ELLSWORTH — Nobody wants to eat bad shellfish.
At the least, consuming a clam or mussel contaminated by red tide can lead to a badly upset stomach. At its worst, a case of parasitic shellfish poisoning (PSP) caused by a toxin in the algae that produce red tide can be fatal.
The same may be true of shellfish harvested from waters with high levels of E. coli — fecal coliform bacteria — that indicates the presence of sewage in the water. Diseases such as Norwalk virus, Salmonella, E. coli and hepatitis A virus, come from the contamination of water by sewage.
For many years, the Department of Marine Resources has monitored the state’s waters for bacterial contamination and tracked the mostly warm weather algal blooms that cause red tide. At hundreds of sites along the coast, volunteers and DMR staff, collected water samples and tested them for the presence of Alexandrium, the plankton that produces the toxin that causes PSP.
Alexandrium regularly forms massive blooms along the northeastern coasts of the United States and Canada, resulting in enormous economic losses from shellfish harvesting closures as well as public health concerns.
Over the past two years, according to Kohl Kanwit, director of DMR’s Bureau of Public Health, monitors have been on the lookout for the presence of another marine organism, a phytoplankton known as Pseudo-nitzschia, which produces domoic acid, the neurotoxin responsible for the neurological disorder amnesic shellfish poisoning.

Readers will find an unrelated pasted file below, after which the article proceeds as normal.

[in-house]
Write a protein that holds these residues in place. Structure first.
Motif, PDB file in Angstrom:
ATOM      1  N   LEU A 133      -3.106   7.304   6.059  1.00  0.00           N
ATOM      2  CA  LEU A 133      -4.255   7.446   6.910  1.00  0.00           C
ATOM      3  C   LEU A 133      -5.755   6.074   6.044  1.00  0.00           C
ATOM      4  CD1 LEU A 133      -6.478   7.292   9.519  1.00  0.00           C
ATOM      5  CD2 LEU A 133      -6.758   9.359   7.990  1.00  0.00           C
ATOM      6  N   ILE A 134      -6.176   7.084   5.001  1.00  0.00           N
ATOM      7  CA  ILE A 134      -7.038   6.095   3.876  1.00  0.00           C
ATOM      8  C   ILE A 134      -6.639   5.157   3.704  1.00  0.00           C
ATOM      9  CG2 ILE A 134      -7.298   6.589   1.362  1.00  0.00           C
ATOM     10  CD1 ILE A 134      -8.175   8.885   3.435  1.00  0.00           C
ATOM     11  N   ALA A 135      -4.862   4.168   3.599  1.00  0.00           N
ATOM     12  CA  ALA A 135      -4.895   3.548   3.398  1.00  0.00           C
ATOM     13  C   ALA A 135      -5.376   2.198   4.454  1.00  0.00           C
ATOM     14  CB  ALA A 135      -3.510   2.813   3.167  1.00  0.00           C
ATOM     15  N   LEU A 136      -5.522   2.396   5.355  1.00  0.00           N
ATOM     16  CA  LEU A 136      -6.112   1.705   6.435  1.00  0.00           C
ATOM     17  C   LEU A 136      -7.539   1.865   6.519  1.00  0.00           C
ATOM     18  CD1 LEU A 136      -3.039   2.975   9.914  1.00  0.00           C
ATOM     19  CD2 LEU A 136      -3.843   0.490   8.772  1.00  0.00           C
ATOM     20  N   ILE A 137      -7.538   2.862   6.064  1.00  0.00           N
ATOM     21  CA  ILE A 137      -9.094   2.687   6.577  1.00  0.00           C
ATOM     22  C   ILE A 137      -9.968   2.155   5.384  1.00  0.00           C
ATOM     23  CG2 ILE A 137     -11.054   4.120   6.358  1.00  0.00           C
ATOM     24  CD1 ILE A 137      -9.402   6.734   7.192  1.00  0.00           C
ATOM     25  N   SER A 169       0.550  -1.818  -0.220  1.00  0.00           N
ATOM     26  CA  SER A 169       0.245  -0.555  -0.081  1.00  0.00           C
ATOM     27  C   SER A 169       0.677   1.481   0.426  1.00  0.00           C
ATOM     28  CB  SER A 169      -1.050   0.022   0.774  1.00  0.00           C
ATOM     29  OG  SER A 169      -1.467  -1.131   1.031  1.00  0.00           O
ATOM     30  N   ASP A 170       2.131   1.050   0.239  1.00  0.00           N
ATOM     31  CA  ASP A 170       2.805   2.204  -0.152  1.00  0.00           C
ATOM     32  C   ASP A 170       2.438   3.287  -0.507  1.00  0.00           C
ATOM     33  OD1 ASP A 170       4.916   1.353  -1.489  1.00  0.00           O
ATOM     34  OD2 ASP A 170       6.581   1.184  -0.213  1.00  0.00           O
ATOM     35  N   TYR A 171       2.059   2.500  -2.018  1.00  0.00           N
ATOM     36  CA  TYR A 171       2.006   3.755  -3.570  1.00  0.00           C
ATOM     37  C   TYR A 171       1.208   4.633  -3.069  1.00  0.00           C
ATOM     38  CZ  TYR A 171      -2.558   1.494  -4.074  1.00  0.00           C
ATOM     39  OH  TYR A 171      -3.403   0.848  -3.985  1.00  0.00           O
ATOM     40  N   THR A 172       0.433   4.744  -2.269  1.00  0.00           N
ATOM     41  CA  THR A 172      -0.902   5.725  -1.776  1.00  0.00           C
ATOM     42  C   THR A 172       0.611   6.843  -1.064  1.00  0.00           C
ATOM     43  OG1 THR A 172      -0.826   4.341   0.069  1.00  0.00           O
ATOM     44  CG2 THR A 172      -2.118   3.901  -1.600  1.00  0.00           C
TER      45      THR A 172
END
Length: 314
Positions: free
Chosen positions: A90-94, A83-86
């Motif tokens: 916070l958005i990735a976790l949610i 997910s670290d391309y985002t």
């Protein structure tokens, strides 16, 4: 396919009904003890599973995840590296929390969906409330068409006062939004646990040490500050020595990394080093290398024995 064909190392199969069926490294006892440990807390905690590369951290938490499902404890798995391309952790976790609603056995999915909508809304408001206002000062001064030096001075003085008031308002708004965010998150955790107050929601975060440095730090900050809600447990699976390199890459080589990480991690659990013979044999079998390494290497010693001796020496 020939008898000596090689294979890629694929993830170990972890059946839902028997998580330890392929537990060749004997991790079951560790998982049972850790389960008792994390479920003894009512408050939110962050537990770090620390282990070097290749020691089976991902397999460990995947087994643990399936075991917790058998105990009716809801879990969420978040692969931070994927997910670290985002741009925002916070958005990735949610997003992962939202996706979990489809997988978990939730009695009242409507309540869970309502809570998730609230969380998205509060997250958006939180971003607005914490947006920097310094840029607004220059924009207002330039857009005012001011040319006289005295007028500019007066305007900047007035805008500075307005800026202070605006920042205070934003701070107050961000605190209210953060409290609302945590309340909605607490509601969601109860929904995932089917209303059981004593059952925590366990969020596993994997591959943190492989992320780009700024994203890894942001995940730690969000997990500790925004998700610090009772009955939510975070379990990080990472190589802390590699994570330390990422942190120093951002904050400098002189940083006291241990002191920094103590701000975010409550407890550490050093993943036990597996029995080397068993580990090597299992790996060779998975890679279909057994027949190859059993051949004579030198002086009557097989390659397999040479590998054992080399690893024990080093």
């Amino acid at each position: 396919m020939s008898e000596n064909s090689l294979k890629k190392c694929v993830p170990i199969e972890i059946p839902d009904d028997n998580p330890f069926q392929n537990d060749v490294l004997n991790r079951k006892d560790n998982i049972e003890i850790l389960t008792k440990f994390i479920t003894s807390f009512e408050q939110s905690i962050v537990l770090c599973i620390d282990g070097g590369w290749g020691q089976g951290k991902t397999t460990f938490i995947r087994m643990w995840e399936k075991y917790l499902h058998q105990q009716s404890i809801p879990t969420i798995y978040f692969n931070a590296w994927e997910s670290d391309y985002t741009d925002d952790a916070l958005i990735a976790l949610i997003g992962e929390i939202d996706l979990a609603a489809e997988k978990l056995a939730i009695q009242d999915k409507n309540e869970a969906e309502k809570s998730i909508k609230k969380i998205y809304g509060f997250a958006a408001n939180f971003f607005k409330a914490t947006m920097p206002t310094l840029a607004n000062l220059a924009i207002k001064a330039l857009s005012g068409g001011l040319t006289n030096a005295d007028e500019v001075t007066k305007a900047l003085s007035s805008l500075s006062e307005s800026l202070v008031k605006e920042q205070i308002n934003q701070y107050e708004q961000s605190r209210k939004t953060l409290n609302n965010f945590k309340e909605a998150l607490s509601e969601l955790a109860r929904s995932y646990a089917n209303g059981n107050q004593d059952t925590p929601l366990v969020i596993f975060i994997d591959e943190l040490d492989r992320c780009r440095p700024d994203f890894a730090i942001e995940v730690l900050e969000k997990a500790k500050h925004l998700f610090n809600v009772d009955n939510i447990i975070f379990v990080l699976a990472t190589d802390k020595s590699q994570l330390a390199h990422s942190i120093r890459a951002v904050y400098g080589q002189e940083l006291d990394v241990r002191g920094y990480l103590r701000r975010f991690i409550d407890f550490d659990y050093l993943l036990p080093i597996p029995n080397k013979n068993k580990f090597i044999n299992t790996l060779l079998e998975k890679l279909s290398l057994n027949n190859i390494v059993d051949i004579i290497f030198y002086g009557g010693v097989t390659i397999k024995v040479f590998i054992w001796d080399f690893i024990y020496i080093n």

“The phytoplankton monitoring program has matured over the last two years,” Kanwit said recently. “Before that it was reactionary. Now we’ve set up the program so it can be proactive.”
That is largely a consequence of DMR turning to the privately owned Bigelow Laboratory for Ocean Sciences in East Boothbay for testing water quality samples. The partnership with Bigelow, “gives us a more advanced testing capability,” Kanwit said. “It broadens our ability to test for other toxins.”
That’s good news for the Maine shellfish industry.
Although there have been no documented cases of ASP in Maine, in 1987, 250 people in Canada were sickened, and four victims died, after consuming mussels from Prince Edward that contained the toxin.
“There have been several incidents in Canada, and that’s just around the corner,” Kanwit said.
According to scientists at the Woods Hole Oceanographic Institution, ASP can be life-threatening and can produce both gastrointestinal and neurological effects.
Nausea, vomiting, abdominal cramps and diarrhea usually develop within 24 hours of the consumption of toxic shellfish. In severe cases, neurological symptoms including dizziness, headache, seizures, disorientation, short-term memory loss, respiratory difficulty and coma will occur within 48 hours.
In the Gulf of Maine, both mussels and scallops could become tainted by domoic acid. If that were to happen, the economic consequences to the Maine fishing industry could be dire.
A massive algae bloom caused resulting from waters warmed by a massive El Niño event in the Pacific led California authorities to suspend the state’s Dungeness crab fishery, slated to begin Nov. 15, indefinitely. Some crab samples tested by the California Department of Fish and Wildlife contained domoic acid at levels of 190 parts per million, more than nine times the accepted safe limit of 20 ppm.
Authorities in Oregon, where crab season doesn’t begin until Dec. 1 are also monitoring domoic acid levels in crabs taken in waters off its coast.
The California crab fishery is estimated to be worth some $60 million annually.
Although scientists have known since 1959 that domoic acid could be found in marine algae, it wasn’t until the 1987 incident that it was identified as a potential source of shellfish poisoning.
In 1961, hundreds of disoriented birds crashed into buildings and to the ground in the coastal California town of Capitola. Scientists now believe the cause was domoic acid poisoning. Movie historians say the event inspired Alfred Hitchcock to make his horror movie “The Birds.”